Use this URL to cite or link to this record in EThOS: http://ethos.bl.uk/OrderDetails.do?uin=uk.bl.ethos.599912
Title: Bridging the middle Atlantic : the Liverpool-New York Trading Community, 1763-1833
Author: Buchnea, Emily
Awarding Body: University of Nottingham
Current Institution: University of Nottingham
Date of Award: 2013
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Abstract:
Over the last few decades, a sizable proportion of scholarly attention has focused on trading communities around the Atlantic littoral. While there has been much research conducted regarding these communities, such as the work of Cathy Matson, Bernard Bailyn and Graeme Milne, there is not one study that compares or investigates the connections between Liverpool and New York between 1750 and 1833. The only focused examinations of the Liverpool-New York trade concentrate on the successful cotton trade of the 1820s and 1830s. Yet as two leading ports in Atlantic trade from the mid-eighteenth century onwards, they make for excellent case studies as the trading community and trade grew throughout this period despite being affected by many events occurring within the Atlantic world. Therefore, examining the Liverpool-New York trading community after the end of the Seven Years' War until the Abolition of Slavery in the British West Indies provides an excellent perspective on the transition from colonial to post-colonial Anglo-American commercial activity in the Atlantic world. These two ports expanded at similar rates in the eighteenth century and became linked in a relationship of continual exchange from the middle of this century. The trade between Liverpool and New York was comprised of an array of commodities which demonstrated the extent of the merchants' links to the hinterland and expansive coastal trades. Through the use of newspaper import lists, custom service records, customs bills of entry and the records of the Tontine Coffee House in New York, a new database has been constructed which demonstrates the volume of a wide-range of commodities traded between each port. This data shows the extent to which the trade was transformed over this seventy year period and its increasing diversity and complexity. New York exports to Liverpool were first comprised of raw goods procured from the direct hinterland. However, by the nineteenth century New York merchants spread their connections much further afield. As such, commodities from the southern states such as North Carolina and Georgia, the West Indies, Central and South America became a crucial part of a coastal and re-export trade. The exports from Liverpool to New York also changed through this period as manufacturing expanded in Lancashire, Yorkshire and the Midlands and liverpool extended its connections further into this productive hinterland. Above all, what is most remarkable is the rate at which this trade grew between 1763 and 1833, and the extent to which the merchants involved in this trade were responsible for this growth. Between 1763 and 1833, the larger Liverpool-New York trade network encompassed many dynamic merchants who maintained relationships with trusted correspondents and who were dedicated to the expansion of this trade. These relationships were evident in the collections of personal and business correspondence, chamber of commerce meeting minutes and travel diaries which have been utilised in this study in order to evaluate the efficiency of this network and the success and failings of individual merchant firms. Throughout this period, the network of merchants was transformed as it contracted and expanded in response to changes in trading conditions. This change over time can be divided into three phases (1760s-1780s; 1790s-1815 and 1815-1833). During these phases, merchants relied on chains of commodity and information exchange in order to make informed decisions about their trade. While at times relationships between merchants in Liverpool and New York were problematic, by and large the trade and trading community expanded by virtue of the efforts of these merchants to promote and protect their trade. From the 1760s to the 1830s,this trade network changed from a small group of merchants trading in a few commodities procured from the direct hinterland, to a large community of well-established firms which possessed connections to many trades, industries and locations. This trading community, which started as a small but important part of the Atlantic economy, by the 1830s was at its centre. The central location of both ports meant they were often affected by events occurring in the Atlantic sphere. Firms which possessed numerous reliable contacts and a varied commodity portfolio typically fared well in situations of extreme fluctuation and uncertainty. Smaller firms with limited access to alternative sources for commodities and information were usually less fortunate. Despite the many wars, economic crises, political and environmental changes of this period, the larger Liverpool-New York trade network was resilient. Mapping these networks and how they were affected by events during this transitional period demonstrates the volatility of Atlantic commerce in the eighteenth and nineteenth centuries and the ability of merchants in the Liverpool-New York trading community to cope with consistent uncertainty and flux. By illustrating the growth of this trade and the development of the trading community, this study has made an important contribution to the literature on transatlantic trading communities and the Atlantic economy in general.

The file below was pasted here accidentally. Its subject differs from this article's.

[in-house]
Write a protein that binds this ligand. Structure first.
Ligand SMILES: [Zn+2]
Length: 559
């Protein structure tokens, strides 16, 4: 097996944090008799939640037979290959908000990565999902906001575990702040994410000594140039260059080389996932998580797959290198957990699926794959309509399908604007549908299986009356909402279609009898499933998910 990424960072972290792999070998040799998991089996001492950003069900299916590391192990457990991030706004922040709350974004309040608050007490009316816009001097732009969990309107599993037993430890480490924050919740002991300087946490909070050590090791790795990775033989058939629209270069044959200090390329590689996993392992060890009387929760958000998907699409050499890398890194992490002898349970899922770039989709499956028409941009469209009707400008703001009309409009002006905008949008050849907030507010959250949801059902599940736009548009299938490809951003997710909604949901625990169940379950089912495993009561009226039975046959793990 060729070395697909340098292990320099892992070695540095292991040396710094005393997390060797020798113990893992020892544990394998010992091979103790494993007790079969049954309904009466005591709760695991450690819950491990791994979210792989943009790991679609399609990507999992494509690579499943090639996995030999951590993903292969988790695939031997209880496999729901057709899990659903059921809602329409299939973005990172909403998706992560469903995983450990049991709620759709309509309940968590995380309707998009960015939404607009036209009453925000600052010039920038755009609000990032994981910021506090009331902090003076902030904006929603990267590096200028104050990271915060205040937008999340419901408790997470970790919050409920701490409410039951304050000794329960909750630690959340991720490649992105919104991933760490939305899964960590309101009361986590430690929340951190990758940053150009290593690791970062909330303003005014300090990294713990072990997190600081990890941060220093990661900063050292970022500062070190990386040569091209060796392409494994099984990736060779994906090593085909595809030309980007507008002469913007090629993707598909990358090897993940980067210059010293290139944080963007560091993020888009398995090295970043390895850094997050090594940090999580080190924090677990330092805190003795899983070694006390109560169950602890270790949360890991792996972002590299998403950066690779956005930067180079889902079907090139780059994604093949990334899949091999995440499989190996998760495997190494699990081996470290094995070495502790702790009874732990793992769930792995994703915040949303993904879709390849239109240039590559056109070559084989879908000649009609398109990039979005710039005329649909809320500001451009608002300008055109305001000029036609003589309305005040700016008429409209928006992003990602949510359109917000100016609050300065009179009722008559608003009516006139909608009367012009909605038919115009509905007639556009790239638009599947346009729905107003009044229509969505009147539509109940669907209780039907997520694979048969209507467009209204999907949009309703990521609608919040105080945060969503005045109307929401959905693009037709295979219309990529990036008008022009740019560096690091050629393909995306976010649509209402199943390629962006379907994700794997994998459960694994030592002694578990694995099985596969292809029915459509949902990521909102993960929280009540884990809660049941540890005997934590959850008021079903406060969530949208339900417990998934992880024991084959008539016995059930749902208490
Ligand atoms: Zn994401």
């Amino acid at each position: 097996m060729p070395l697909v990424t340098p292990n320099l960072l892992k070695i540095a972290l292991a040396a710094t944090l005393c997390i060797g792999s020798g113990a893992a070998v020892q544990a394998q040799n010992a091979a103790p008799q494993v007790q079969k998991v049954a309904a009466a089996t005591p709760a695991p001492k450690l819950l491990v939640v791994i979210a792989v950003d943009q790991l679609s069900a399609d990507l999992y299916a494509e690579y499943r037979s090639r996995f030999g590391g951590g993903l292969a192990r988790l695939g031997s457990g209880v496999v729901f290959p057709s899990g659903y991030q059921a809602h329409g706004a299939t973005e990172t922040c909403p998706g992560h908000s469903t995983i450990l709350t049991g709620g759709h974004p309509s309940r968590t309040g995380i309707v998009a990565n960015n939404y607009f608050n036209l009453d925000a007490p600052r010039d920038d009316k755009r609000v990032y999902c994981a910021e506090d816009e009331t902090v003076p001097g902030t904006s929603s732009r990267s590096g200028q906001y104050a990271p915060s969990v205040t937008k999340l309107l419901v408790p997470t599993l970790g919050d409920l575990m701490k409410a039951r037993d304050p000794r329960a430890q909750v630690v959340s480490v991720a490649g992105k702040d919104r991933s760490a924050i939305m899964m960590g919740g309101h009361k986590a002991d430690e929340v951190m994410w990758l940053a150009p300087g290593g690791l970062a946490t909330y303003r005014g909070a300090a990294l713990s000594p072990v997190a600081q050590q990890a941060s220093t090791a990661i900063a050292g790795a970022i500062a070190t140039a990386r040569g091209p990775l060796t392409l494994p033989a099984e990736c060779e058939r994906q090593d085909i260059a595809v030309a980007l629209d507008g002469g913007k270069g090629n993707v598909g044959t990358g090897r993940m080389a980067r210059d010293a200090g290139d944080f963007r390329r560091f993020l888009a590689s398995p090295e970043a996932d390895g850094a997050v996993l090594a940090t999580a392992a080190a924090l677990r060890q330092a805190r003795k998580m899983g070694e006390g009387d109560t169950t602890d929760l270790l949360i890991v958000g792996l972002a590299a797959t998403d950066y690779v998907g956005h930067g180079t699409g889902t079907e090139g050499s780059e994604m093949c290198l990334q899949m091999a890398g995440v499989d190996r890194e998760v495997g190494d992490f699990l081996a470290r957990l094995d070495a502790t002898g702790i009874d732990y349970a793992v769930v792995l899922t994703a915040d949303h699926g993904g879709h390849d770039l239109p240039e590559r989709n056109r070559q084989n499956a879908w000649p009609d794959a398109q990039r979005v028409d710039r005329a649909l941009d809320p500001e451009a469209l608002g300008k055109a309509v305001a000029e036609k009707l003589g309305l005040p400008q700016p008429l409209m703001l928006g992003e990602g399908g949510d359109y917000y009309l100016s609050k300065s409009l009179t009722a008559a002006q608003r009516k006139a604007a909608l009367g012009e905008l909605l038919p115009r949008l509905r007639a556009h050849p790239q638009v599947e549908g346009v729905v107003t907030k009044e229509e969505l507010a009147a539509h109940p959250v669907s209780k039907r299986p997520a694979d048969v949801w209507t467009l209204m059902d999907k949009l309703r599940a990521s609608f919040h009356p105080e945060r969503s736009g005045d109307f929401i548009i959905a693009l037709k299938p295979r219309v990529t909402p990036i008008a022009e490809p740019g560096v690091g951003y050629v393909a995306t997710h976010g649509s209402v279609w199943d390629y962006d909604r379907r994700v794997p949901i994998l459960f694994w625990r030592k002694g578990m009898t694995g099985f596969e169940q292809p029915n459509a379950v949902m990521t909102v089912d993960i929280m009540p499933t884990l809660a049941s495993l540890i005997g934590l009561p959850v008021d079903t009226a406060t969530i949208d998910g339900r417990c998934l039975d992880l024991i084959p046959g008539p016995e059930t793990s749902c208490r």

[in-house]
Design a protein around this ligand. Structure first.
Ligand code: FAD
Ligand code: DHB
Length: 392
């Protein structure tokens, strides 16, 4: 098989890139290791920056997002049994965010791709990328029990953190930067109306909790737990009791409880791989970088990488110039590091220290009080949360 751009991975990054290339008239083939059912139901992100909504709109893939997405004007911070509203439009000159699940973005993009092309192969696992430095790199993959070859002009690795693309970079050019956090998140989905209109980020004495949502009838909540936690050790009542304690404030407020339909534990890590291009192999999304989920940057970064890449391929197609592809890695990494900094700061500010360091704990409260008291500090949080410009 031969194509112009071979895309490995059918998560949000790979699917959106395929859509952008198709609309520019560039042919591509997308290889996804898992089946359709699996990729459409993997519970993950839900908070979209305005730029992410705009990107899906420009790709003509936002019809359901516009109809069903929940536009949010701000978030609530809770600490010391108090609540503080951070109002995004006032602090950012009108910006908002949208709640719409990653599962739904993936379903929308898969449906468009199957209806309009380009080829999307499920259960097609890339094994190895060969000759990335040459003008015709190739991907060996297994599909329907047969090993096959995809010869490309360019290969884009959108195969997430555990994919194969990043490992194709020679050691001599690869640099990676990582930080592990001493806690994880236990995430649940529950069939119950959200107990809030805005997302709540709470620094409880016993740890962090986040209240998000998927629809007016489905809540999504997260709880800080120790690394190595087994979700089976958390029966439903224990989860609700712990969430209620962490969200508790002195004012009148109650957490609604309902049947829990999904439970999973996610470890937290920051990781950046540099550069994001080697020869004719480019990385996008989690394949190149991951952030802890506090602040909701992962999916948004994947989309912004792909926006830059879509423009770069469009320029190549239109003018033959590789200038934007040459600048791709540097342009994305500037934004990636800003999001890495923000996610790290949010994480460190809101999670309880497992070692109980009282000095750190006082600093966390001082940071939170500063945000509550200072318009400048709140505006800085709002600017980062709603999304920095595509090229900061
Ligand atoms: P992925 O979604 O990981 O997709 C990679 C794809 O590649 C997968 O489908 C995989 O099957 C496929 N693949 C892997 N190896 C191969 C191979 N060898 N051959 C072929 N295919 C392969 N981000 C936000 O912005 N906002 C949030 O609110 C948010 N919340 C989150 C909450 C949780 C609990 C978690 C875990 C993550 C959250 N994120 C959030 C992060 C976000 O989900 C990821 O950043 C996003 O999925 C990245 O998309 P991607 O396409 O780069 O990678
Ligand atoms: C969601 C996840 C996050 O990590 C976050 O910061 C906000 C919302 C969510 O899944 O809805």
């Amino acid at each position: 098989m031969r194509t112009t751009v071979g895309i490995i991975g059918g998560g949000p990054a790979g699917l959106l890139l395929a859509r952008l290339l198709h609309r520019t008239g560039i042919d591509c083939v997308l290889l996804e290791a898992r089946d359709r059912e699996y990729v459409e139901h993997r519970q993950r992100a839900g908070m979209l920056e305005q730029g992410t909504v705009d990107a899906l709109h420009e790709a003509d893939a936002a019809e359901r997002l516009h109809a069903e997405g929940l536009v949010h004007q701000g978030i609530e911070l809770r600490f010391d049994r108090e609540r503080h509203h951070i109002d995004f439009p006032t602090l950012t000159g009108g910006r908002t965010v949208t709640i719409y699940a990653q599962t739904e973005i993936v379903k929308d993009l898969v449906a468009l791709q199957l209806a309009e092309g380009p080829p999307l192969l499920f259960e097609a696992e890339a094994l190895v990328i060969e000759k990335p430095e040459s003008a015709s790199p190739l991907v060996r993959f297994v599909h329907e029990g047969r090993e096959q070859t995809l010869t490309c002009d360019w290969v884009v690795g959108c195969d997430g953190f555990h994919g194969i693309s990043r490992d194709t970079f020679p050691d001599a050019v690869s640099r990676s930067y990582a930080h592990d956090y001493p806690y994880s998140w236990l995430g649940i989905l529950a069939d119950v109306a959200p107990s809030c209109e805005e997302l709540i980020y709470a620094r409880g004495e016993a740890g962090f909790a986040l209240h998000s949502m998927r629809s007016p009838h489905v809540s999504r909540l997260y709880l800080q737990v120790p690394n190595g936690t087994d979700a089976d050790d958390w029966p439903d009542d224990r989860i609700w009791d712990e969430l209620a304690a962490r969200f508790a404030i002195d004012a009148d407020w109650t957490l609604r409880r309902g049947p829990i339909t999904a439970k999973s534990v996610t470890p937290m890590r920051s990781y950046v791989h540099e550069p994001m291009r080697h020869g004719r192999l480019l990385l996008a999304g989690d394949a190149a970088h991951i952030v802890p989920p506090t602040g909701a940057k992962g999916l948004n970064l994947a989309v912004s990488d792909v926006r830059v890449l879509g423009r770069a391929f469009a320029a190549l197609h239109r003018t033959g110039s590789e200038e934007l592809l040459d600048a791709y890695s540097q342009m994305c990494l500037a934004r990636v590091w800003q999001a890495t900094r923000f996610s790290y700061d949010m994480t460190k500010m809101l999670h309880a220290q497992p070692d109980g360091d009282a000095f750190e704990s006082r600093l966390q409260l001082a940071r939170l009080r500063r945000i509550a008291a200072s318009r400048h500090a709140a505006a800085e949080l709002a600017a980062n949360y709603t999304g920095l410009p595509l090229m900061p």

Supervisor: Not available Sponsor: Not available
Qualification Name: Thesis (Ph.D.) Qualification Level: Doctoral
EThOS ID: uk.bl.ethos.599912  DOI: Not available
Keywords: HF Commerce ; DA Great Britain
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